Working for yourself – make it work for you


self employmentSelf-employment can be an appealing career path; the flexibility to work whenever and wherever you want, the unlimited earning potential, the freedom to work with the clients and projects of your choice.

There are many different types of self-employment nowadays. Some of these include:

Interim Management – An interim Manager is an individual who works within an organisation for a period of time. They are not a permanent employee of the organisation, they are either registered as self-employed or paid through the company’s payroll for a fixed period.

Consultancy - A Consultant is an individual who provides professional or expert advice in a particular field to either an organisation or individual.  This advice may be ad-hoc and not required for a fixed period of time.

Portfolio Careers - A portfolio career is working multiple part time jobs simultaneously. This may include a combination of an interim contract, consultancy or freelance support.

Fractional Employment – Fractional refers to the practice of hiring employees for only a portion of their time, rather than on a full-time basis. These employees can be hired for specific projects or tasks, without having to commit to a long-term employment contract and can fit into a portfolio career.

Whilst working for yourself can be an empowering career decision, it can be a huge risk and proper preparation is key.

Here are some factors to consider before launching your own business.

Research & assess your options

Decide on your strategy and be clear on your offering - conduct market research and identify your target market and the most effective way in which to sell your services. You will need to think about:

  • What’s the problem your business or service offering is addressing?
  • Who will be your potential customers?
  • What services do they need and when?
  • What is your USP and how will you market this to your potential customers?

A business plan or a SWOT analysis will help assess your business strengths and weaknesses, while analysing business opportunities and threats is a useful technique to help you clarify your business idea, spot potential problems and set out your goals.

Setting up your business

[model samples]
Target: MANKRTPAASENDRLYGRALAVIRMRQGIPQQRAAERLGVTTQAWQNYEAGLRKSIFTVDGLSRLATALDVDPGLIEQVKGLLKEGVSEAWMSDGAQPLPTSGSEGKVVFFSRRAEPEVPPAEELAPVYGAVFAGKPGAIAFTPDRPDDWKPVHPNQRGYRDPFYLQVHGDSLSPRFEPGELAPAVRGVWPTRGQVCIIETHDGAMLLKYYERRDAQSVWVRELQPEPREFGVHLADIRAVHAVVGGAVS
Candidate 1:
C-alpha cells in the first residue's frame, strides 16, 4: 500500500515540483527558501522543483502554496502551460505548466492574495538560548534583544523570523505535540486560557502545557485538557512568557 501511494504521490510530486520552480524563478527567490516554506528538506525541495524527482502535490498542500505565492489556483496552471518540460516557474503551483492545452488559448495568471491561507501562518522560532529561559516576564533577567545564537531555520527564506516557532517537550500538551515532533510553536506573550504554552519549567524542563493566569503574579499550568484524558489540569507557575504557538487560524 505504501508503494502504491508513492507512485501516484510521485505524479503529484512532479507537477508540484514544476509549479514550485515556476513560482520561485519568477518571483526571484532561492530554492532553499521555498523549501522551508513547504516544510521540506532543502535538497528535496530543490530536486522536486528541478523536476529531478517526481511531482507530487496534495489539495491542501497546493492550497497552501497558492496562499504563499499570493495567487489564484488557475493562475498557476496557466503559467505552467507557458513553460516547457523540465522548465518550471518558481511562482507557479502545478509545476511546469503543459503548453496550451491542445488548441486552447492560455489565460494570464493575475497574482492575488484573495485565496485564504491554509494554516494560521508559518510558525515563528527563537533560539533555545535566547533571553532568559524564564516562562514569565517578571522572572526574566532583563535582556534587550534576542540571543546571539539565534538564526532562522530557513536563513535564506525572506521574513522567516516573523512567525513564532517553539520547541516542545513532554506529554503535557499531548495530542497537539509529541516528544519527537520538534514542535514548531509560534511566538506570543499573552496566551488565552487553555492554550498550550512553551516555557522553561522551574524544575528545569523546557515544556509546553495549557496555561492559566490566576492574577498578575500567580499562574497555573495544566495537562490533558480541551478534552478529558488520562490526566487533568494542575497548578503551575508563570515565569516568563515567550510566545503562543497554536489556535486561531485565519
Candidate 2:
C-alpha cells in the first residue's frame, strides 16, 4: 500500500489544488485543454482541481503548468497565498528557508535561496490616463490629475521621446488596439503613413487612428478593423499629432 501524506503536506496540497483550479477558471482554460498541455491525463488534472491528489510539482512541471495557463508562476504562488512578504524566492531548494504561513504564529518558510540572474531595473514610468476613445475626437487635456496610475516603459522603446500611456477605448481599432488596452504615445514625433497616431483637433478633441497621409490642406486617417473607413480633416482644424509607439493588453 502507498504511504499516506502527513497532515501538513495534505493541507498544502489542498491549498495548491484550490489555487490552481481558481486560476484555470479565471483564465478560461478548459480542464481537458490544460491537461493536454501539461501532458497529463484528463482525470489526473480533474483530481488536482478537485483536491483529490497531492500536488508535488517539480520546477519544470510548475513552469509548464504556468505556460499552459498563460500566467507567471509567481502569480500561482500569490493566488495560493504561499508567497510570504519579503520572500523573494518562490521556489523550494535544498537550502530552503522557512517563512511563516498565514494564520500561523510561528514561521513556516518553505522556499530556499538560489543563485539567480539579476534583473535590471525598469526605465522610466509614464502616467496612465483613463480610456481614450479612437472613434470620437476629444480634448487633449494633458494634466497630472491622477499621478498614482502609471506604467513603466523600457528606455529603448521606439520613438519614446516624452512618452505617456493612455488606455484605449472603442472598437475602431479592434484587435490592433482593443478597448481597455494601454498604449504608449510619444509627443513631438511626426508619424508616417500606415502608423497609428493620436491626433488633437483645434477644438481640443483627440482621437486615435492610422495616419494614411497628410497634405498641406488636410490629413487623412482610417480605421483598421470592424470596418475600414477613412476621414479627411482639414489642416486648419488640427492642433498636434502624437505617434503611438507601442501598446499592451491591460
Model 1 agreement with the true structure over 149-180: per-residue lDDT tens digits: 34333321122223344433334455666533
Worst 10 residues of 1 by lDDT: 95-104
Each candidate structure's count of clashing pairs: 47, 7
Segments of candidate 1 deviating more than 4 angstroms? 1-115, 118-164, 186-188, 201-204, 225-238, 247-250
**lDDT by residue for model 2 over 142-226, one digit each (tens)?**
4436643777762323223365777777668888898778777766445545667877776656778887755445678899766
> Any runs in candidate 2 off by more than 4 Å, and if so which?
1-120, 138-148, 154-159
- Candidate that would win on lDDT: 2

If you start working for yourself, it’s important you get the right business set up. You need to think about whether to start out as a sole trader, a limited company or through an umbrella company. Once you have decided on your structure, make sure you research your tax, VAT and IR35 responsibilities.

Once your business is registered, you can set up a business bank account. This is the best way to manage your finances effectively. You also need to create an invoice system, record your transactions, and find an Accountant.

Remember self-employment comes with a risk; if something goes wrong, you may be held responsible. Make sure your business is properly insured. Look into self-employment insurance such as Public Liability and obtain relevant licenses.

Marketing your brand

As you are working for yourself, you must be proactive in marketing your business and services. It is important to remain consistent in your image and how you present yourself to your existing and potential clients.

Choosing the right name is essential. It’s the first piece of information most people will have about your business, so it should make a good impression.

You may want to consider buying your Domain Name and if you’re starting your business on a tight budget, consider building your own website – there are a variety of platforms that can help you create your own.

Social media is one of the most effective and affordable ways to promote a business and connect with potential customers. Make sure you pick the right platform for your business and post relevant and interesting content on a regular basis so that you engage with your customers. This will help to build trust, confidence, and strong relationships.

Alongside social media, networking with new and existing contacts is essential if you are working for yourself.  You can use your network to get advice, help provide you with referrals, or possibly to secure leads or work.

Renovo is the UK’s leading outplacement and career transition specialist. We work with both organisations and individuals to support all their career transition requirements. If you would like to understand how Renovo can help you, please email

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